“The ca.1905 Queen Anne-style house known as Crow's Nest and the 1916 Prairie School/Classical Revival-style Ed Crow House are representative examples of those styles. Each house stands at the center of a complex of related contemporary and later outbuildings and subsidiary residences on a large home tract of four to six acres, sited well back from the roadways which form a principal boundary for each tract. The district's period of significance extends from 1897 to 1938, the former being the date of construction of the earliest surv1ving house in the district and the latter year being that in which R.B. Redwine died, the last surviving of the original owners of the houses.”

Historical Background


“The location of the cluster of dwellings and outbuildings comprising the Waxhaw-Weddington Roads Historic District reflects the proximity of the rapidly developing county seat of Monroe with its increasing commercial and social opportunities in the late 19th and early 20th centuries, together with ready railroad access to other cities of the Piedmont and parts north. Against this growing urban attraction was balanced a desire to continue rural occupations in a less spatially restricting environment than the town.

“The district consists of approximately 25 acres, which are clearly delineated from their surroundings by the right of way of the Seaboard Coast Line Railroad and mature hedges and stands of trees. It is an area defined by the high architectural quality and shared design characteristics of the four principal houses and by the carefully landscaped, spacious grounds and deep setback of those houses.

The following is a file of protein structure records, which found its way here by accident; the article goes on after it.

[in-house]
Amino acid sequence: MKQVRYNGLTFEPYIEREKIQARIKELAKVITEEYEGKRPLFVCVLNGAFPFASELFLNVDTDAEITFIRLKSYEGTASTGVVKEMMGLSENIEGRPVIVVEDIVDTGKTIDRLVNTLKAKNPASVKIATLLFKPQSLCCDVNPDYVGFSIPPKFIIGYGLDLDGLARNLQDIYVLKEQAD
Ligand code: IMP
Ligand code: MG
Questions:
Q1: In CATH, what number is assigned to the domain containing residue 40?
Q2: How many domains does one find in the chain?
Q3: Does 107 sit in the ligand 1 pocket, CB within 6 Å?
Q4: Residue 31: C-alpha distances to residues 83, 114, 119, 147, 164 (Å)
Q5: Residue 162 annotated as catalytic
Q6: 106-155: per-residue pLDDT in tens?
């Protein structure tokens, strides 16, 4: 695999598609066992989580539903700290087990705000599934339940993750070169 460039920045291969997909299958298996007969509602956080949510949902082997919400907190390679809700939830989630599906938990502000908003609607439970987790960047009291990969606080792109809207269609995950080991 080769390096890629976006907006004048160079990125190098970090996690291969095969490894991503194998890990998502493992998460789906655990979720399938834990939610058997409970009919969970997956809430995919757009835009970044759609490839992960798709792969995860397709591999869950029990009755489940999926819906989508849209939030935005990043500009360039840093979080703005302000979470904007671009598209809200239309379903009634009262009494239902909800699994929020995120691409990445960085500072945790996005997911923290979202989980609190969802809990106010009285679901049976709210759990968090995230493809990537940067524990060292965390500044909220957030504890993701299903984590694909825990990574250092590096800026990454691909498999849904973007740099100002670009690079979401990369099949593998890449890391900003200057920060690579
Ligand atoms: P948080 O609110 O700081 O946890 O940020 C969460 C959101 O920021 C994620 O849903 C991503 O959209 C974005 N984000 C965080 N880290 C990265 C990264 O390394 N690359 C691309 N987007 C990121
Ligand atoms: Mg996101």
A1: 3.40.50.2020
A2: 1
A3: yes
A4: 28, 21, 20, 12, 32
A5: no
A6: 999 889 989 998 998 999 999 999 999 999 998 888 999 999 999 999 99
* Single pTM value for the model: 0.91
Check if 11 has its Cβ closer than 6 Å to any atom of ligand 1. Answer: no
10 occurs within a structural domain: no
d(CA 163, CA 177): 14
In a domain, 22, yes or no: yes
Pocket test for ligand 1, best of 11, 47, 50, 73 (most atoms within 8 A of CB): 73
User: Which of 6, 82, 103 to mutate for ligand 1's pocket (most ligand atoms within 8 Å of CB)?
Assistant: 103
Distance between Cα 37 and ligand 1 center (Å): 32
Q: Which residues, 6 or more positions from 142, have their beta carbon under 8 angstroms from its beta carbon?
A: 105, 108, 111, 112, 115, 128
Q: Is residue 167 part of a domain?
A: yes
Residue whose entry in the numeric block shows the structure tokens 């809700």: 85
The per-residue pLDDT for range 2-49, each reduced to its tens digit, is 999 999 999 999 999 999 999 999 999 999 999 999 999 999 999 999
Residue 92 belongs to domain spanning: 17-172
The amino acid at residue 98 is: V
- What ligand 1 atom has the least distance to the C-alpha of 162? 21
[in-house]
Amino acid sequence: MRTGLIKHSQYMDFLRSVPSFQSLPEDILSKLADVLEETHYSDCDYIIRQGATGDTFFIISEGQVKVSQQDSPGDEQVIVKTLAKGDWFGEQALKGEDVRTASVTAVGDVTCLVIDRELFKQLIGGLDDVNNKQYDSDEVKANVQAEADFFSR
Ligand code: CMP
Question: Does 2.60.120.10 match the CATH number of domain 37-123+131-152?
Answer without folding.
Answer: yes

“A survey of Monroe's historic architecture was conducted in 1978, during which nearly 250 of the community's most significant historic architectural resources were identified. Reflecting the city's development from 1844 to 1978, the buildings recorded included more than 150 late-19th and early-20th century houses, with a significant collection of large Classical Revival residences. The four houses in the Waxhaw-Weddington Roads Historic District were among about fifteen percent of the buildings selected for intensive recording, and one, the Heath House, has been accorded local designation by the Monroe/Union Historic Properties commission (1985). Approximately 130 of the buildings shown in the publication resulting from the survey have been included in the Monroe Residential Historic District. Two other suburban Monroe houses have been nominated to the National Register--the John C. Sikes House (listed in 1978) and the M.K. Lee House (nominated in 1987). Architecturally and historically, two of the four principal houses Waxhaw-Weddington Roads Historic District--the Heath House and the R.B. Redwine House--are comparable with the pivotal houses in the Monroe Residential Historic District and the two individually nominated houses. The other two are comparable with the best of the contributing houses in the Monroe Residential Historic District. Their significance as a group is especially outstanding.

“Ownership of the properties in the district has remained relatively stable since their construction, with two remaining in the same families until the 1970s and 1980s, with the result that the houses and the tracts of land on which they stand survive with a high degree of integrity and an unusual lack of intrusive elements. Since the mid 1970s, several different owners of the Heath House have undertaken efforts to restore it, and the current owner of Crow's Nest is working to repair damage caused by neglect. The Redwine House and the Ed Crow House remain in good condition, having been continuously occupied and maintained to the present.” (NR 1988)